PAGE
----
Chris PrattJulia Louis-Dreyfus...
Action & AdventureAnimation...
In 16 Cinemas
Featured image: Photo by Pixar/Pixar – © 2019 Disney/Pixar. All Rights Reserved.
Some features don’t flaunt the typical success factors that would list them among the classics. However, they somehow find their way to the audience’s heart. Onward might not be perfect, and probably won’t be a classic, yet it could be of sentimental value to many.
It follows adolescent anxious elf Ian (Tom Holland), and his loud older brother, Barley (Chris Pratt), whose head in the clouds. The two embark on a journey to see their deceased father, who died when Barley was a little boy, and before Ian was even born.
It all started on Ian’s 16th birthday when he discovers that the father had left them a magical crystal, as a gift for this occasion, that can bring him back to life for 24 hours. When the spell goes wrong, the pair have to go on a perilous journey with the hope of seeing their father one last time.
The premise of the animated feature about seeing a loved one who passed away is very endearing and incredibly touching, even though it overshadows the many intricacies of the plot. Other interesting events keep surfacing throughout the first two acts, until they finally give it up to the central premise with its sentimentality; then, only a robot can go through the last act without tearing up.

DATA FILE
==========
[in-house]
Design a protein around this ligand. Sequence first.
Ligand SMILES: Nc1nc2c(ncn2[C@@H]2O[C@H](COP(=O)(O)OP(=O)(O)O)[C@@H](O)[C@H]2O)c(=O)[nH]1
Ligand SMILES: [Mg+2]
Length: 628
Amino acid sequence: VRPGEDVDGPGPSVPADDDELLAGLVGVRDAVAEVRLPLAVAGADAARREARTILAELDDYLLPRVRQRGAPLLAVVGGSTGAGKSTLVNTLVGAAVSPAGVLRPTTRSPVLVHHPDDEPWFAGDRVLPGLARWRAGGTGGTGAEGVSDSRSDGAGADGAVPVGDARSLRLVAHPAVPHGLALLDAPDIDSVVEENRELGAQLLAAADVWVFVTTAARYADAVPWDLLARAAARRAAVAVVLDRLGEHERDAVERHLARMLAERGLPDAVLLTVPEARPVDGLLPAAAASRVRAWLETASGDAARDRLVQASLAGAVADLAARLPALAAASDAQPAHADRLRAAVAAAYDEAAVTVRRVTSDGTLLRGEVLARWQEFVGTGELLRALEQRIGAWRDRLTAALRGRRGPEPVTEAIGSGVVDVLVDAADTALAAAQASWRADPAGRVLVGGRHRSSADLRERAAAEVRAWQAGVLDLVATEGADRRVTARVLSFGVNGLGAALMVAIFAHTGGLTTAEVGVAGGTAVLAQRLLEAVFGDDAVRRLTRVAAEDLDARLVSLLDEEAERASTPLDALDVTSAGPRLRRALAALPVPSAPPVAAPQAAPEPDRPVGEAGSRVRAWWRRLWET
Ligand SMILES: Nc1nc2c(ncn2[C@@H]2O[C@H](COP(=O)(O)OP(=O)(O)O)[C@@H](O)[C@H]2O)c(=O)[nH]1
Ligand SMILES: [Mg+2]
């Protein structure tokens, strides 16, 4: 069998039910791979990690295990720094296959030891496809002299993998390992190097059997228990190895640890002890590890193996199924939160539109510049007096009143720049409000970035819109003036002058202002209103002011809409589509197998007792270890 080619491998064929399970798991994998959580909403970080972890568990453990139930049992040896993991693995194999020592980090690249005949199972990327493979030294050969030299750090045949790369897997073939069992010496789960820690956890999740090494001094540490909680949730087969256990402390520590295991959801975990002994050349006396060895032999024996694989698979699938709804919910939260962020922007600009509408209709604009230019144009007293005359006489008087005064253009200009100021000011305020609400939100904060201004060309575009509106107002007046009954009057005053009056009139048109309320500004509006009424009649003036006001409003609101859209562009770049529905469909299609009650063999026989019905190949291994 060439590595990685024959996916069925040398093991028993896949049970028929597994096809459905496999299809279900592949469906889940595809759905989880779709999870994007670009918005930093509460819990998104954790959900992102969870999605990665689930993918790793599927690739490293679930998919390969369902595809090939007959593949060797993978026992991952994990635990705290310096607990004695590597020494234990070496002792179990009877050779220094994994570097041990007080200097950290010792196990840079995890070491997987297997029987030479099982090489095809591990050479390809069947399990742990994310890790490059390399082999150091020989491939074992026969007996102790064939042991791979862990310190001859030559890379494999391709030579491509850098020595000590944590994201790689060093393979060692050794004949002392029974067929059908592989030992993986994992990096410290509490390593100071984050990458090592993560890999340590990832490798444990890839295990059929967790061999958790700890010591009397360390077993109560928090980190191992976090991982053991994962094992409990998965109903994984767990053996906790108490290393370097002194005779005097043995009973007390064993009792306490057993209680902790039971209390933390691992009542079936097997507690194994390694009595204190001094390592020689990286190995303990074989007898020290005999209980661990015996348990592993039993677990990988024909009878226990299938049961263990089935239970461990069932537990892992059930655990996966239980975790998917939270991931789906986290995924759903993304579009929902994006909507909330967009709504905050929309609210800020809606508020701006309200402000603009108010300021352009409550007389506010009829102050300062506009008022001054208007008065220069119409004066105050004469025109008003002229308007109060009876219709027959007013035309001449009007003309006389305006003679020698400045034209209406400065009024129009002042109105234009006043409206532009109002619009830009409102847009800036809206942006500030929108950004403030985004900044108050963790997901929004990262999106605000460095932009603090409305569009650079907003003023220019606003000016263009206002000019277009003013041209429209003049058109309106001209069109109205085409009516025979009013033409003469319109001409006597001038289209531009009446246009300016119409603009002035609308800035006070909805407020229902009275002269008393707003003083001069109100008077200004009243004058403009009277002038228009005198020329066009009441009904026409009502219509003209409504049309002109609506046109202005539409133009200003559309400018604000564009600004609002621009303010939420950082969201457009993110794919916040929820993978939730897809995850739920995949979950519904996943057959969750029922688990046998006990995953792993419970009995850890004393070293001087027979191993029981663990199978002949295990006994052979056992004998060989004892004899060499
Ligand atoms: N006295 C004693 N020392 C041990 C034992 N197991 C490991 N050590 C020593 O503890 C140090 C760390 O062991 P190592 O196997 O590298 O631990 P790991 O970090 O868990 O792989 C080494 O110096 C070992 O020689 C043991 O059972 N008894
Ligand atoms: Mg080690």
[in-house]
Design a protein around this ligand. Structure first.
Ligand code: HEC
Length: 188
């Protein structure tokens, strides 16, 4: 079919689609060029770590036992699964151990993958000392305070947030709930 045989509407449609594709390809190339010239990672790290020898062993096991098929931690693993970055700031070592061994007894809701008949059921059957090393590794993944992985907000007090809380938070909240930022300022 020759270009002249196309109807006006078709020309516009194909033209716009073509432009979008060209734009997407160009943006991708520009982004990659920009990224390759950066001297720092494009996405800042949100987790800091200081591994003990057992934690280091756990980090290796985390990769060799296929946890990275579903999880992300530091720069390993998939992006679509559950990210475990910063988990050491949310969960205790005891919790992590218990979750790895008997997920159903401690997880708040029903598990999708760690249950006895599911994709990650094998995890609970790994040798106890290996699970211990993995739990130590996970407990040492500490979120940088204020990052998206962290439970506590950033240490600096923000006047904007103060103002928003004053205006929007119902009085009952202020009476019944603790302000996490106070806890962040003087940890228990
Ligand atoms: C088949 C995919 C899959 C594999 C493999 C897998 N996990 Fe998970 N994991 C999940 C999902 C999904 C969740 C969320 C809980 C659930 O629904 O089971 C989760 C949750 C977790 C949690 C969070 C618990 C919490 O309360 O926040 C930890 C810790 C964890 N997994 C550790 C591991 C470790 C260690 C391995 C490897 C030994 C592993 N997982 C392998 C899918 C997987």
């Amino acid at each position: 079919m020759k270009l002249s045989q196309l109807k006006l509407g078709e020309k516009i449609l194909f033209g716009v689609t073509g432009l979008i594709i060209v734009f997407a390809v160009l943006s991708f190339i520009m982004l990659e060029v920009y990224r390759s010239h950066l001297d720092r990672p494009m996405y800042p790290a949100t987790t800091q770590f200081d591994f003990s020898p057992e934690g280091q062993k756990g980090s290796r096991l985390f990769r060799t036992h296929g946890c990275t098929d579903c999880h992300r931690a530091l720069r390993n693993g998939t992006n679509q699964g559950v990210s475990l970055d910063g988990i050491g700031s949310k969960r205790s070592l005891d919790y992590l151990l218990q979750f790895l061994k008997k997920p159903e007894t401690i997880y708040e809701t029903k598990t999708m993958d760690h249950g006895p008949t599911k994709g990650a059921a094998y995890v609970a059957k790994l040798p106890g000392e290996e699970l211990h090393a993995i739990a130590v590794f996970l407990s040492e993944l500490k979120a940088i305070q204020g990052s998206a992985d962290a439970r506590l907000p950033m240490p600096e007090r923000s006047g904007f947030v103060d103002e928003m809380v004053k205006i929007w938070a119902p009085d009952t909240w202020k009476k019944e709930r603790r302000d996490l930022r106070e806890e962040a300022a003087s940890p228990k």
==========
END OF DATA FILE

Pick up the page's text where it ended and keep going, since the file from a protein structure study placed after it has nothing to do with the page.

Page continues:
© 2019 – Disney/Pixar
The characterisation of Ian and Barley is very effective, with a balance between expositional and subtle character trait clues, leaving audiences sympathising with and caring about them, and hoping that they do get to see their father. Despite being a sidekick, the mother’s share of characterisation is substantial yet on point that she added a refreshing touch, without either overpowering the main characters or seeming forced.
The animation of the film is also very amicable with all the different creatures; each is clearly distinguishable, and unique enough to stand out on their own. However, the animation of the world the characters live in should have been much more magical, especially when it comes to the locations in the third act.
For the voice acting, Tom Holland fit the role perfectly and brought Peter Parker’s awkwardness and self-doubt to Ian’s character, but perhaps he could have diversified his vocal tone. Chris Pratt stood out with his vocal performance, showing more effort than Holland; however, knowing Pratt’s abilities from previous works, there could have been much more.
Onward is sweet and endearing if somewhat tedious and muddled until its third act, where you will be touched. Forgive the film for its mistakes, and you might even think it was all worth it.